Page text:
Chilli chocolate torte

The chilli works really well in this recipe – it gives it a depth and intensity that really appeals to me. I thoroughly recommend giving it a try – embrace the heat…

Start by greasing a loose bottomed cake tin (about 10cm in diameter) and lining the bottom with greaseproof paper. Now for the base – I’m not sure I have this completely right yet, so I’ll update this bit when have the best bottom, but so far two options: One is to finely crush amaretti biscuits and the other is to use galettes au buerre. The key is to get a rich, crispy base that will give the torte a little crunch. You need just enough for a base of about 1.5mm, no more. Next time I’m going to add a little melted butter too so that it binds together. Spread the crushed biscuits evenly on the base of the tin and put it in the fridge.

Now break up 100g of Green and Blacks milk chocolate and 100g of a good 70% cocoa dark chocolate into a bowl above very gently simmering water along with two tablespoons of dark rum, a small fresh medium hot red chilli, very finely chopped (with all the seeds removed) and three teaspoons of liquid glucose. Turn off the hob so that the bowl doesn’t get too hot – the latent heat from the steam in the pan will be enough to melt the chocolate.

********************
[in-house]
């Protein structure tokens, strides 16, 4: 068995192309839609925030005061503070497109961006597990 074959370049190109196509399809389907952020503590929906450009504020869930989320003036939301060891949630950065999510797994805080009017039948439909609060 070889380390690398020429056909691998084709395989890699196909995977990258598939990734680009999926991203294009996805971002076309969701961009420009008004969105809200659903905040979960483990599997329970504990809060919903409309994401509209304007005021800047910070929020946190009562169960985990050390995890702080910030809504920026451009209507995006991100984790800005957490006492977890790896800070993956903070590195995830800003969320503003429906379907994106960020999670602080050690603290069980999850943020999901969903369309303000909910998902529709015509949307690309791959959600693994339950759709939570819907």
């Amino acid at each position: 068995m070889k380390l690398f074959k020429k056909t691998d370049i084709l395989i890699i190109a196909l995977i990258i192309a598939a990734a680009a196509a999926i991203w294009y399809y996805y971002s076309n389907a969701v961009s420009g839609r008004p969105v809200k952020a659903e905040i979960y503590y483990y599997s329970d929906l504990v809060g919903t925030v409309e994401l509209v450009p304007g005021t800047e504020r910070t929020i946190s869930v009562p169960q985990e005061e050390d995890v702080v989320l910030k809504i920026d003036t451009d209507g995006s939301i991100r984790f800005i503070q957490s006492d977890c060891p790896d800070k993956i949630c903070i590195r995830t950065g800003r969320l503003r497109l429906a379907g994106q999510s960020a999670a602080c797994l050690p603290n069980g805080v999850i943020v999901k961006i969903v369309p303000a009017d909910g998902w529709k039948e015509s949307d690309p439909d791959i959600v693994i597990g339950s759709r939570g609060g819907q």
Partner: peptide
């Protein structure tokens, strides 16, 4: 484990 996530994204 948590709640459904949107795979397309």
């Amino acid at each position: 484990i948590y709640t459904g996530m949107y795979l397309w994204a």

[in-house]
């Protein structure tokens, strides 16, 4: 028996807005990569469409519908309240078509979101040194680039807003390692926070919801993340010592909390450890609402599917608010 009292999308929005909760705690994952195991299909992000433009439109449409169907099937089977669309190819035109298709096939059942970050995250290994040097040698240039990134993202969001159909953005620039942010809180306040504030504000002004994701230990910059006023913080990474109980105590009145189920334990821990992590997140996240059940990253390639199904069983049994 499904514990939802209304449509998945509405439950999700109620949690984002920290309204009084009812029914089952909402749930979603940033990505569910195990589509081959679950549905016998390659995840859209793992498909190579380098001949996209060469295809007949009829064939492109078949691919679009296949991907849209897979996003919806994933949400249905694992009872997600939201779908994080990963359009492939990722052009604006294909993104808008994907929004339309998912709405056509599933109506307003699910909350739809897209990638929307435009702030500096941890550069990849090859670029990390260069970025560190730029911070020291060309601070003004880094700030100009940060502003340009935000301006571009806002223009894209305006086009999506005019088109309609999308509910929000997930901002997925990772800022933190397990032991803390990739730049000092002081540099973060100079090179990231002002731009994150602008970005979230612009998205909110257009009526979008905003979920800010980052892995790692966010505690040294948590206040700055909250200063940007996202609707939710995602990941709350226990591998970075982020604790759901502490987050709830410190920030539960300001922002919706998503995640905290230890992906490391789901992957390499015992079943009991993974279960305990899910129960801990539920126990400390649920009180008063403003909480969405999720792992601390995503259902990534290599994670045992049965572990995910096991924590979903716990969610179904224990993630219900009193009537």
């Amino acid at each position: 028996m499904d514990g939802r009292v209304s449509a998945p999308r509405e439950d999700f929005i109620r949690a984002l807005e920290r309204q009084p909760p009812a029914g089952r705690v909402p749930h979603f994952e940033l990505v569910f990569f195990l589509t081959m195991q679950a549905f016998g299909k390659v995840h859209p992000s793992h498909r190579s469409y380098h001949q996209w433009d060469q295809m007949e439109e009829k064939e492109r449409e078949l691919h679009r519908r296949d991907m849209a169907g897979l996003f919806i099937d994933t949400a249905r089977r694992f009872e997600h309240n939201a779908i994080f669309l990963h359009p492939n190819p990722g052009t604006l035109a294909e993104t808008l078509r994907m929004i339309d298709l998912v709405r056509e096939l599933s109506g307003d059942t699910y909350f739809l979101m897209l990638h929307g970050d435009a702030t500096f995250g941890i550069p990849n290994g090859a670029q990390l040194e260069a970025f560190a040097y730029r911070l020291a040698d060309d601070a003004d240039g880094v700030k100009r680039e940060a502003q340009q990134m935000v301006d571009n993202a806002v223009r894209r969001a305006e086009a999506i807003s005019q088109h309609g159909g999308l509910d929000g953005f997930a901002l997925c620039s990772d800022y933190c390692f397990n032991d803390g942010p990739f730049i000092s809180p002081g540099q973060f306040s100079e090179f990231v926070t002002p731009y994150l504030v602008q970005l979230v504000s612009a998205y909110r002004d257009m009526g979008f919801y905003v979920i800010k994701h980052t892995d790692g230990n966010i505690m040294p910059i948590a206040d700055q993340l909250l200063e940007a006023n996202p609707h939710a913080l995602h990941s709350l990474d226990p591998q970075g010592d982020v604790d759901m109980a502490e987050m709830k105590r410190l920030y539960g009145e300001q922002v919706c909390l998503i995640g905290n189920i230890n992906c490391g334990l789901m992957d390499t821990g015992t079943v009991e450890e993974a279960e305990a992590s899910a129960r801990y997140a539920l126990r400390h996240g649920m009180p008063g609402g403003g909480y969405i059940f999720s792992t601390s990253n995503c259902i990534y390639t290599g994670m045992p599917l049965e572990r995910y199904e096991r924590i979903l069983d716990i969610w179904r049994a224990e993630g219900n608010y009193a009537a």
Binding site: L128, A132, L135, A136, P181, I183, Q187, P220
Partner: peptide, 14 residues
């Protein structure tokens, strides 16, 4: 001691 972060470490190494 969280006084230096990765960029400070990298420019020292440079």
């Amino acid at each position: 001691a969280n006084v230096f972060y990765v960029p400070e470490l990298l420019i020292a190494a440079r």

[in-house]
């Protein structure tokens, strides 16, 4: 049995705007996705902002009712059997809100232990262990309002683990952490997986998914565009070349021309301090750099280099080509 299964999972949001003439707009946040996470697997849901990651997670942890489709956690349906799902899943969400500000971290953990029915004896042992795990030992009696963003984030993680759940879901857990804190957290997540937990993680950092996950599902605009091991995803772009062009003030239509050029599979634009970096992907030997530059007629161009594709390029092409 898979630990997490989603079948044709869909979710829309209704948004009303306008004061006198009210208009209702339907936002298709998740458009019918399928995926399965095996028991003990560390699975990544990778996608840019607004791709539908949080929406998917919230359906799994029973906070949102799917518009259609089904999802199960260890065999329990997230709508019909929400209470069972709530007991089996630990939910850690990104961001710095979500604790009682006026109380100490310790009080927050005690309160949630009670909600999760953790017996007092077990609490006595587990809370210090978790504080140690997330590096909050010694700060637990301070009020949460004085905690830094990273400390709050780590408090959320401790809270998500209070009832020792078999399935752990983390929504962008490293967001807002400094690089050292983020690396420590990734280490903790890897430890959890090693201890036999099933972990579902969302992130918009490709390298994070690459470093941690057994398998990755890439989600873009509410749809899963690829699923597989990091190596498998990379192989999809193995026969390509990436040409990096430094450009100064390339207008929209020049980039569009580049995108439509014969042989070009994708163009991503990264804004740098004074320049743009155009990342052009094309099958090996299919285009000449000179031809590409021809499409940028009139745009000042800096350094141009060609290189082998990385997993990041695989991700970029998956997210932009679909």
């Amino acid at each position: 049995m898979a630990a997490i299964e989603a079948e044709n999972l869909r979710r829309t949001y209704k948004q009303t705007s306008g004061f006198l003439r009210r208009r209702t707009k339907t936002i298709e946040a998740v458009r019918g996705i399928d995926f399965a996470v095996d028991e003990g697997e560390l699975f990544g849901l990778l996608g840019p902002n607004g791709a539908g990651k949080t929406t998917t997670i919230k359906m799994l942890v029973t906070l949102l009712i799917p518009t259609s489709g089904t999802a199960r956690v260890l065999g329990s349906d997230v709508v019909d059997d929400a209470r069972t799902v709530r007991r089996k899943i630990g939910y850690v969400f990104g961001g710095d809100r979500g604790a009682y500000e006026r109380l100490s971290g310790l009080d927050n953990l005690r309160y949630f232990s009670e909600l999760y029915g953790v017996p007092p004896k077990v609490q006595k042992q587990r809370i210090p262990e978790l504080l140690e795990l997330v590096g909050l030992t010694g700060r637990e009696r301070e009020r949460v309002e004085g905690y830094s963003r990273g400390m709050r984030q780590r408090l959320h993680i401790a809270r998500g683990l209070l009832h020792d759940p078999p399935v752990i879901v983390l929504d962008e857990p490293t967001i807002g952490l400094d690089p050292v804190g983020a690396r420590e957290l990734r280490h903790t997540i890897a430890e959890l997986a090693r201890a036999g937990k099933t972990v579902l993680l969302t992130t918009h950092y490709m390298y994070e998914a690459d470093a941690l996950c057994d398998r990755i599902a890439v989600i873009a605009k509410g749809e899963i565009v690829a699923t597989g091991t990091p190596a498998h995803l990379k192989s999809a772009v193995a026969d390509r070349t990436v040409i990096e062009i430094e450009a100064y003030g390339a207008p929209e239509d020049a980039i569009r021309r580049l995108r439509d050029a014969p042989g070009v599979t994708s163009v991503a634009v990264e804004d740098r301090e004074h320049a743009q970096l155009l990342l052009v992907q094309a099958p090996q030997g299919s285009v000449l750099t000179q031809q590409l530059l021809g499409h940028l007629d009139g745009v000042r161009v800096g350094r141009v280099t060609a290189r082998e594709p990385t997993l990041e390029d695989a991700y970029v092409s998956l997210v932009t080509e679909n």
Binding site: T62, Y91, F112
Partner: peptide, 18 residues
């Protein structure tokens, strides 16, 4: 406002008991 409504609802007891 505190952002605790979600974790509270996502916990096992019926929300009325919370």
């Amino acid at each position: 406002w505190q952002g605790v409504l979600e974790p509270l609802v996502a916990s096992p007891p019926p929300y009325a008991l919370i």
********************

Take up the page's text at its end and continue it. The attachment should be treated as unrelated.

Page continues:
Whip about 300ml of double cream into soft peaks. Take a large spoonful of the cream and mix it gently into the melted chocolate (make sure the bottom of the melting bowl isn’t too hot at this point – if it is, you can dip it into cold water) – this will loosen it a little so that you can now very carefully fold the remainder of the cream into the mixture, ensuring mix the cream and chocolate thoroughly (best done with a large metal serving spoon).

Now pour the chocolate over the top of the base, smooth the top with a knife and leave it in the fridge for a few hours. Before serving you can either dust it with cocoa powder, or grate more chocolate over the top (I prefer the latter). Oh and make sure you take it out of the tin before you do this – I find removing the torte from the edges of the tin, turning it upside down onto a plate, lifting the tin base and baking paper from the bottom of the torte, putting your serving plate on top of the upturned torte and then flipping the whole thing back the right way around is the best approach. Hope that didn’t sound too confusing.

Serve with single cream and eat with gusto…